Monday, June 16, 2003

Writerly blog.

Busy day at work this Monday; things to write, things to read. Lilly: “What do you do at the office, Daddy?” Me: “Read and write. That’s my job.” It could be worse. Much, much worse, even though I’m not reading and writing precisely what I would, left to my own devices.

Been remiss lately in reporting on my train reading — which is the kind of reading I do when left to my own devices. As a daily rail commuter, my transit time is largely spent reading (when I’m not too tired), sometimes newspapers or magazines, often books. It’s the largest block of free reading time I have these days, and one reason (among several) I wouldn’t want to drive to work.

A lot of train reading has come and gone since I last mentioned the subject back in March, when I was reading Back to the Front, a fine travel book with large spools of historical narrative woven in. After that, and perhaps in the spirit of the times, I picked up The Class of 1846, an unusual and very satisfying ensemble biography by John C. Waugh. The ensemble in this case is the class of West Point in that year, which included most famously Stonewall Jackson and George McClellan.

The narrative follows the class from its arrival at West Point, through the Mexican War — in which virtually all of them fought — and on to the Civil War, in which most of them fought. The two stars are Jackson and McClellan, of course, but Waugh doesn’t devote the entire book to them. Much of it describes episodes in the lives of some of the lesser-known and even obscure members of that class, both in war and peace. Even in the chapters on Jackson and McClellan, he talks at length about some of the lesser-known aspects of their lives, or their war service. My favorite was a chapter devoted to Jackson’s daring raids on Union rolling stock, and their capture and removal to Richmond, in the very early months of the war.

Besides being solid history, the author tells some ripping good stories, too. One chapter, the evocatively titled “The Bloody Saddle,” is the end story of one of the class — the book isn’t handy for me look up his name — in the Washington Territory in 1858. Ultimately he dies in battle with Indians, though some of his men barely escape in the most harrowing way imaginable; a fascinating bit of Indian war history that has been completely forgotten.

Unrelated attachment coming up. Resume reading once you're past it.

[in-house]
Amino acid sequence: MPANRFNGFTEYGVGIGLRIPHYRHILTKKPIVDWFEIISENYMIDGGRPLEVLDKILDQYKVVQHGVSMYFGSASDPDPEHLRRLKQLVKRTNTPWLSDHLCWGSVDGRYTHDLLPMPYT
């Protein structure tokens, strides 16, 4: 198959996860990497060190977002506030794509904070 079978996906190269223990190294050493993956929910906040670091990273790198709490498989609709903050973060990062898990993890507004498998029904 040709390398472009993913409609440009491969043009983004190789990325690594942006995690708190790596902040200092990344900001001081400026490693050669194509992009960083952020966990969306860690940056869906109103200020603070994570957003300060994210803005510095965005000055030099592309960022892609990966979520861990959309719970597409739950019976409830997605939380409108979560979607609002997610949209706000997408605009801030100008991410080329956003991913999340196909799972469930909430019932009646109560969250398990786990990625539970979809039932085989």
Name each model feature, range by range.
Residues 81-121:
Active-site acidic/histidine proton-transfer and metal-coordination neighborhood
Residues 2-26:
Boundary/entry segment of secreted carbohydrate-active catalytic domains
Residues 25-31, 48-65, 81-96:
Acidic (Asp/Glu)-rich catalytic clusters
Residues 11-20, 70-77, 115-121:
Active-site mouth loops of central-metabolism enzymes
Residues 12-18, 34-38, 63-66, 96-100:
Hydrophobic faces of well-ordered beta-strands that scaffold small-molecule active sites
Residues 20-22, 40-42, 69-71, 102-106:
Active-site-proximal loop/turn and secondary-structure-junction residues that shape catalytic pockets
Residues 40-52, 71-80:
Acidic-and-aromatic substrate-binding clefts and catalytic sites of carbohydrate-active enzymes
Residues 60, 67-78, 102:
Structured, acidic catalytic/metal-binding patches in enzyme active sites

And then for something completely different. Some time ago, I picked up a copy of A Little Yellow Dog, by Walter Mosley, because I’d heard that he and his character, Easy Rawlins, compared to Chandler and his character, Philip Marlowe. With some difference. Most critically in that Easy Rawlins is black, and only informally a private eye. On the whole, it was a good story, and well written, but no one can really compare with Chandler.

For anyone unacquainted with them, I recommend the Philip Marlowe books without hesitation or reservation, even for people who don’t care for detective or mystery fiction (and I don’t especially, myself). I saw the Bogart film version of The Big Sleep before I’d read any of the books, and that might have inspired me to pick up a used copy of that book in the summer of 1990 in Osaka, when I had a lot time to read. Before long, I’d read almost all of the novels, even buying one or two new, which in Japan meant an outlay of a large piece of change, even for a paperback.

From “…it was Raymond Chandler's Marlowe that would define … [the] who, what, where and why [of a] private eye. Traces of Marlowe run from Paul Pine to Jim Rockford to Ms. Tree to Lew Archer to Spenser. It's all here, from the loneliness, the quick, sarcastic cynical jibes masking a battered romantic, the love/hate relationship with the cops, the corruption that exists in all levels of society. Philip Marlowe, for better or worse, is the archetypical private eye. By the time he wrote his famous essay, ‘The Simple Art of Murder,’ even Chandler realized it.”


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